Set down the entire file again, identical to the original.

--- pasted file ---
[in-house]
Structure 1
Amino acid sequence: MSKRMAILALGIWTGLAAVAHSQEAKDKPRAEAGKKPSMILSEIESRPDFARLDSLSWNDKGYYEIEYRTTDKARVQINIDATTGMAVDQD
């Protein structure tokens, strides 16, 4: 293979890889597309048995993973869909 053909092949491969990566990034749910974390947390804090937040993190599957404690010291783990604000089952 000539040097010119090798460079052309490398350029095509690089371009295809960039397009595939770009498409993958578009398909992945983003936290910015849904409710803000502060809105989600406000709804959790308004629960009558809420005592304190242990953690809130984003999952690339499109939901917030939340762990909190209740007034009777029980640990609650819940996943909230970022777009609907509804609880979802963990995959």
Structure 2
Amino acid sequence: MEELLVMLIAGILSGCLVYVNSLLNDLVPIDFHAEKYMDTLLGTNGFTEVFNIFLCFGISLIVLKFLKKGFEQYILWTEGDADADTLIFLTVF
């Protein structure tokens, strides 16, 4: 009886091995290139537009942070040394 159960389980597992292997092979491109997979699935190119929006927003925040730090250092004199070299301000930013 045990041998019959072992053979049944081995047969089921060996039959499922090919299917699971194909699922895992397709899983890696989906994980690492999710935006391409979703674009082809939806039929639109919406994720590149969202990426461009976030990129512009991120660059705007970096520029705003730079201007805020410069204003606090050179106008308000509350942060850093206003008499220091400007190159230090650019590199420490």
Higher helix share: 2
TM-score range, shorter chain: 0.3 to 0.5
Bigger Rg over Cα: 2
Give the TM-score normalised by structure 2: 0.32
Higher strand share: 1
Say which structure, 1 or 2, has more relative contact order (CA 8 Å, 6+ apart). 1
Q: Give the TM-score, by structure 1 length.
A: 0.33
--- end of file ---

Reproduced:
[in-house]
Structure 1
Amino acid sequence: MSKRMAILALGIWTGLAAVAHSQEAKDKPRAEAGKKPSMILSEIESRPDFARLDSLSWNDKGYYEIEYRTTDKARVQINIDATTGMAVDQD
């Protein structure tokens, strides 16, 4: 293979890889597309048995993973869909 053909092949491969990566990034749910974390947390804090937040993190599957404690010291783990604000089952 000539040097010119090798460079052309490398350029095509690089371009295809960039397009595939770009498409993958578009398909992945983003936290910015849904409710803000502060809105989600406000709804959790308004629960009558809420005592304190242990953690809130984003999952690339499109939901917030939340762990909190209740007034009777029980640990609650819940996943909230970022777009609907509804609880979802963990995959």
Structure 2
Amino acid sequence: MEELLVMLIAGILSGCLVYVNSLLNDLVPIDFHAEKYMDTLLGTNGFTEVFNIFLCFGISLIVLKFLKKGFEQYILWTEGDADADTLIFLTVF
């Protein structure tokens, strides 16, 4: 009886091995290139537009942070040394 159960389980597992292997092979491109997979699935190119929006927003925040730090250092004199070299301000930013 045990041998019959072992053979049944081995047969089921060996039959499922090919299917699971194909699922895992397709899983890696989906994980690492999710935006391409979703674009082809939806039929639109919406994720590149969202990426461009976030990129512009991120660059705007970096520029705003730079201007805020410069204003606090050179106008308000509350942060850093206003008499220091400007190159230090650019590199420490």
Higher helix share: 2
TM-score range, shorter chain: 0.3 to 0.5
Bigger Rg over Cα: 2
Give the TM-score normalised by structure 2: 0.32
Higher strand share: 1
Say which structure, 1 or 2, has more relative contact order (CA 8 Å, 6+ apart). 1
Q: Give the TM-score, by structure 1 length.
A: 0.33